Dr. Earl G. Williams, a senior scientist in NRL’s acoustics division was recognized for his 34 years of research, major contributions in the acoustics field and “for development and application of near-field acoustical holography,” according to his citation.
“It is the greatest honor of my career, a culmination of my life’s work, to receive the Trent-Crede medal,” said Williams, who has been working in structural acoustics, radiation and scattering and electromagnetics at NRL since 1982.
The Trent-Crede Medal is presented to an individual every two to six years who has made an outstanding contribution to the science of mechanical vibration and shock, as evidenced by publication of research results in professional journals or by other accomplishments in the field, the citation reads. The previous year the award was received was in 2011. Only 14 individuals have received the medal (not including Williams) since its inception in 1969.
Williams, whose pioneering research in near-field acoustical holography has impacted acoustics research and development throughout the world, credits his colleagues at NRL – and particularly, his former boss, Dr. Joseph Bucaro, for providing “a unique and supportive work place” in helping him build a successful career.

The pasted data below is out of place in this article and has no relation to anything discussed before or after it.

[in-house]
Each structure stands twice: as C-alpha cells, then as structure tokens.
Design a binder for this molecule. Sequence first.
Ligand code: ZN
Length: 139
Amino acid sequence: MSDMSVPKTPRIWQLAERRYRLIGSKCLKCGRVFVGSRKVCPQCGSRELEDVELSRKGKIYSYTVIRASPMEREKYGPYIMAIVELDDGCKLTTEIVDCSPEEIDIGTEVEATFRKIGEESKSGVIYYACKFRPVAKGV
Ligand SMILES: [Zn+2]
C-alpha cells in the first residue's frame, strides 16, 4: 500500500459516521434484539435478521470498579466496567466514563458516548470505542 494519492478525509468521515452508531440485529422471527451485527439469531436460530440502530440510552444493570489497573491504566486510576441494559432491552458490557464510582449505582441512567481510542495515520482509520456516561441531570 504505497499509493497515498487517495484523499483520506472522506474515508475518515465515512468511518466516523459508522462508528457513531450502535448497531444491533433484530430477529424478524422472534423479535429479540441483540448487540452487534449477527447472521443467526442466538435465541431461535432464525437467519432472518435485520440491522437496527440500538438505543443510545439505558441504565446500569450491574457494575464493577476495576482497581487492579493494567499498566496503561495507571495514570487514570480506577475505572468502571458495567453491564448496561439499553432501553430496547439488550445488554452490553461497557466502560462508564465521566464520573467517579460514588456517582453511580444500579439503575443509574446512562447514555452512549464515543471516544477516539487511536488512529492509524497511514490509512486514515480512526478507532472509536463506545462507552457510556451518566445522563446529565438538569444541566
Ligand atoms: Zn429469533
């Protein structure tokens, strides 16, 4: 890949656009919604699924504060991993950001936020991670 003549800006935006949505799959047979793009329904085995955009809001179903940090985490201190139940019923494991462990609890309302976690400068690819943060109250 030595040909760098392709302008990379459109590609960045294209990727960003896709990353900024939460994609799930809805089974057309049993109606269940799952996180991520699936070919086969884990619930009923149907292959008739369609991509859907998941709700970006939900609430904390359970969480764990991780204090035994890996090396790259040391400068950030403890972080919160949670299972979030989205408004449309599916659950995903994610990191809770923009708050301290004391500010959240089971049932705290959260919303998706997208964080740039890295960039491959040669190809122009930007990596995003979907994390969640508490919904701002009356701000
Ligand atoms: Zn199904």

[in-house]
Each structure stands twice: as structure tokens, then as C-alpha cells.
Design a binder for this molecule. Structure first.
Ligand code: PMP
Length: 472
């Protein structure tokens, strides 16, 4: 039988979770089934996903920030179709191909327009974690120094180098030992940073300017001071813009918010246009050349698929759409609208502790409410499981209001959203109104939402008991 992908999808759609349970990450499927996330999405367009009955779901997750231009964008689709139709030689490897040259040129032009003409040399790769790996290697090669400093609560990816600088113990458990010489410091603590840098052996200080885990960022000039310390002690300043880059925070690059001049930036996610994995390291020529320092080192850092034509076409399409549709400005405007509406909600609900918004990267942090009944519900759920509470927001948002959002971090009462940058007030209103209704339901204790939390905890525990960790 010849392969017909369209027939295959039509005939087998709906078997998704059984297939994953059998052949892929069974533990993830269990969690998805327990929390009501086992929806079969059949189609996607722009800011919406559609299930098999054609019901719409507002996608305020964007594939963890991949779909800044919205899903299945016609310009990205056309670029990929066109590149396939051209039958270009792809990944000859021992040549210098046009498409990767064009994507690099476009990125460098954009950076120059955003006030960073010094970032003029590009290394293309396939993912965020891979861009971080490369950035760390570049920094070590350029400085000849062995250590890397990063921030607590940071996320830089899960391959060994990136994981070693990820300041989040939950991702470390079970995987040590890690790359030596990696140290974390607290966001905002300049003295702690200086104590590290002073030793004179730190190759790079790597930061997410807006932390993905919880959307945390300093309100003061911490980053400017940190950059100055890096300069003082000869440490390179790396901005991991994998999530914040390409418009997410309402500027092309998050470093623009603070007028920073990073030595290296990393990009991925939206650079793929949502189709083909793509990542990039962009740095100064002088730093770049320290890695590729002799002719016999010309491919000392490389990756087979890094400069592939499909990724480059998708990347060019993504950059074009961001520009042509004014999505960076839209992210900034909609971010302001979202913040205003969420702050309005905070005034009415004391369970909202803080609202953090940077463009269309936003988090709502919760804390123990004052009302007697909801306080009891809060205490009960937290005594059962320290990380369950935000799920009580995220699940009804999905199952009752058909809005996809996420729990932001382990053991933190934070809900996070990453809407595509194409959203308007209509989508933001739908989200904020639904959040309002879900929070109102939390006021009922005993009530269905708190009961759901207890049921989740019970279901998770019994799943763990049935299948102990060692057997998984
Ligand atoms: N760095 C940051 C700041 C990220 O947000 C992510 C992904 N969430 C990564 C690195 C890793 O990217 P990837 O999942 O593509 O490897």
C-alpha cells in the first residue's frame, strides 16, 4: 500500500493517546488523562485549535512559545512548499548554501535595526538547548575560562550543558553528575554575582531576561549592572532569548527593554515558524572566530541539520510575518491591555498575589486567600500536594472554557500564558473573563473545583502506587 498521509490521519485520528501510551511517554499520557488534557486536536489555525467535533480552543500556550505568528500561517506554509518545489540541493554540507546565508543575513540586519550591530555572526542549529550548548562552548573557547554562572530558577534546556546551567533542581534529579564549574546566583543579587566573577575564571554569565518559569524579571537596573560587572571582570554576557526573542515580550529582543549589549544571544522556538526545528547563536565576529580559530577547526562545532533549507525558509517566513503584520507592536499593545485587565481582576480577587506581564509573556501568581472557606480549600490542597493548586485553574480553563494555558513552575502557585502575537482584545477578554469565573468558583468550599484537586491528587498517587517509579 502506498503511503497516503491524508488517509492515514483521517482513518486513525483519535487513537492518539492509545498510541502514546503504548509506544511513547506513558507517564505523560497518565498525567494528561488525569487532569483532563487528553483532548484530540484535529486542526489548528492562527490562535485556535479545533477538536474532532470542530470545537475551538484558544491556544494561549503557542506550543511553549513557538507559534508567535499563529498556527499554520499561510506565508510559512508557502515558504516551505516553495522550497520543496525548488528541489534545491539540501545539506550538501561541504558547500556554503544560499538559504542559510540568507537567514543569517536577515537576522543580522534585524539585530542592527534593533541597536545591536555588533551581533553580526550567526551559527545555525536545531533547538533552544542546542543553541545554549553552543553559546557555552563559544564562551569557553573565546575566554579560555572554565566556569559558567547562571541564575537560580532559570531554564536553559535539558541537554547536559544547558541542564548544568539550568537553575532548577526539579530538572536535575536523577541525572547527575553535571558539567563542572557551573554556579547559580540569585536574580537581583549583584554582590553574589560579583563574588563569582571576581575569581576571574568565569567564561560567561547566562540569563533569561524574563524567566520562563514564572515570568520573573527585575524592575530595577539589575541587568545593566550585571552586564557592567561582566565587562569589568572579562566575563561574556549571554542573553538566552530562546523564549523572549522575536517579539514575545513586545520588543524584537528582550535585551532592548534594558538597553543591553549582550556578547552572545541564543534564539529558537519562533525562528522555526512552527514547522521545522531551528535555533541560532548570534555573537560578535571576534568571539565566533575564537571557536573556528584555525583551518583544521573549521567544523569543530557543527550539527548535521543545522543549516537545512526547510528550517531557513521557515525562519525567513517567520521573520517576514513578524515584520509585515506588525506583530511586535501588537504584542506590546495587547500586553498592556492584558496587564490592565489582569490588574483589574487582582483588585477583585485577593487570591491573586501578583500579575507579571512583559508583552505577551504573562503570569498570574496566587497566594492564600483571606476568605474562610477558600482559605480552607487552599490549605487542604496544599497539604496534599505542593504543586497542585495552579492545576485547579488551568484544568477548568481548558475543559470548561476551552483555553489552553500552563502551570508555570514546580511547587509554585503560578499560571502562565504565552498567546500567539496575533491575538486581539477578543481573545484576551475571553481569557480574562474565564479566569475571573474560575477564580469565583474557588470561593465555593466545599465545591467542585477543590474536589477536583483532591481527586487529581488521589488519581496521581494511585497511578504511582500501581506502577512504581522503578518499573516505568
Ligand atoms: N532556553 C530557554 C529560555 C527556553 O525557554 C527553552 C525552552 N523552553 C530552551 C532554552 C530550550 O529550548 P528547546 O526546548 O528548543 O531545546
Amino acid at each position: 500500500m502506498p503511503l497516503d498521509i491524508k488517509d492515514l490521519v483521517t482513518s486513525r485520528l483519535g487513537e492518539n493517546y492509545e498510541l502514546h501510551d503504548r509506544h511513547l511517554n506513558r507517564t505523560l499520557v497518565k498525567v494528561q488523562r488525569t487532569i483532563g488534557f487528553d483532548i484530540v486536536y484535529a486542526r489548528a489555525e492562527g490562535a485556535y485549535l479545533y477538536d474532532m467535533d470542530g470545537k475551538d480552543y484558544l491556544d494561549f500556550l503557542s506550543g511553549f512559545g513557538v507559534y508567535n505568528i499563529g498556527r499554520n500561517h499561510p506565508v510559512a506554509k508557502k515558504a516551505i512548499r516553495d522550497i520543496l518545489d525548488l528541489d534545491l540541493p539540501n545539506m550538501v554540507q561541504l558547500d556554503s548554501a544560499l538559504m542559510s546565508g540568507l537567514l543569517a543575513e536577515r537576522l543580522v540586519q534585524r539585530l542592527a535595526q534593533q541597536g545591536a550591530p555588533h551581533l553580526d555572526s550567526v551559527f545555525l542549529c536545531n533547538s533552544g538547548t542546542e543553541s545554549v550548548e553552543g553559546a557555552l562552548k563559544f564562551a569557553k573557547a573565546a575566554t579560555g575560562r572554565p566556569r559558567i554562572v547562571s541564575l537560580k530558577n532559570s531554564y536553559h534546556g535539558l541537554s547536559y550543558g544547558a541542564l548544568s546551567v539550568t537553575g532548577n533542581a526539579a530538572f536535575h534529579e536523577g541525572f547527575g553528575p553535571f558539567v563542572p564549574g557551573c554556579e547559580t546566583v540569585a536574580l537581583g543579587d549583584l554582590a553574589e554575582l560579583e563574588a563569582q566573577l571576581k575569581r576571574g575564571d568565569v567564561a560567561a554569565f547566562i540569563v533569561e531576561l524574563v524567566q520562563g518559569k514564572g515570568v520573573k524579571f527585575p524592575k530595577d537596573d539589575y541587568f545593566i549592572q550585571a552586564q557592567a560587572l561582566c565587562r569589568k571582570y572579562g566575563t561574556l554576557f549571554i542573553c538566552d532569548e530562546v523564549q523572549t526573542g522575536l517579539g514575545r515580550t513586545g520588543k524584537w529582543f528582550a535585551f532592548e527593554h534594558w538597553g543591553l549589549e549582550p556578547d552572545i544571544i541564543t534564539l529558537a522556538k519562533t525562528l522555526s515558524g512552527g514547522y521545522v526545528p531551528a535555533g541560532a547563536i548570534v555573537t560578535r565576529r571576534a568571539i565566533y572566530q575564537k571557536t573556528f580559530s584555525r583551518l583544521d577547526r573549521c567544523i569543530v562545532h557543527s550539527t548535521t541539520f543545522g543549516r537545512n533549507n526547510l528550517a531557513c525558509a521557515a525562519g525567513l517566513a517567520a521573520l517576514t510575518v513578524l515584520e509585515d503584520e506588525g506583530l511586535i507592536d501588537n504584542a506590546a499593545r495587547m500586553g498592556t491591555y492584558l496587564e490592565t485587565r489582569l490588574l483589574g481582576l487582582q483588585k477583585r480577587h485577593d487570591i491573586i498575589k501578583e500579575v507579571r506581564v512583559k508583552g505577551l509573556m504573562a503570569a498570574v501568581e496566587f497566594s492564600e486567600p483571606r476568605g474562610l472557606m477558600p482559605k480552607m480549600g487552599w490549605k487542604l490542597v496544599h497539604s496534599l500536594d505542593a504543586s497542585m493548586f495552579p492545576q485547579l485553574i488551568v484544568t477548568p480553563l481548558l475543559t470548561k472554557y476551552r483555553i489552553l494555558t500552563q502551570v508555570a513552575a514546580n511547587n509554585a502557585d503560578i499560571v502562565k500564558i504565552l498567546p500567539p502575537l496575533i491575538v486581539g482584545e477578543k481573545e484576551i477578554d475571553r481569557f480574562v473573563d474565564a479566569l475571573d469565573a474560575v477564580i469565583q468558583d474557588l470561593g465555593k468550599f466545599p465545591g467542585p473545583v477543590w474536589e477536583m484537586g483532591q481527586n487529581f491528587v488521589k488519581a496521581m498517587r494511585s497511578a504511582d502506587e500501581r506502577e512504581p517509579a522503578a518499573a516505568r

An alum of the Univ. of Pennsylvania, Harvard and Penn State, Williams’ work has been recognized by NRL as one of its most innovative technologies over the past 75 years. He has an extensive list of publications in major journals and has received numerous publication awards.
Author of the popular textbook, “Fourier Acoustics: Sound Radiation and Near-field Acoustical Holography,” Williams is also a fellow of the Acoustical Society of America and has worked more than 16 years as an associate editor for its journal.
In 2009 he was awarded the Per Bruel Gold Medal from the ASME “in recognition of eminent achievement and extraordinary merit in the field of noise control and acoustics.”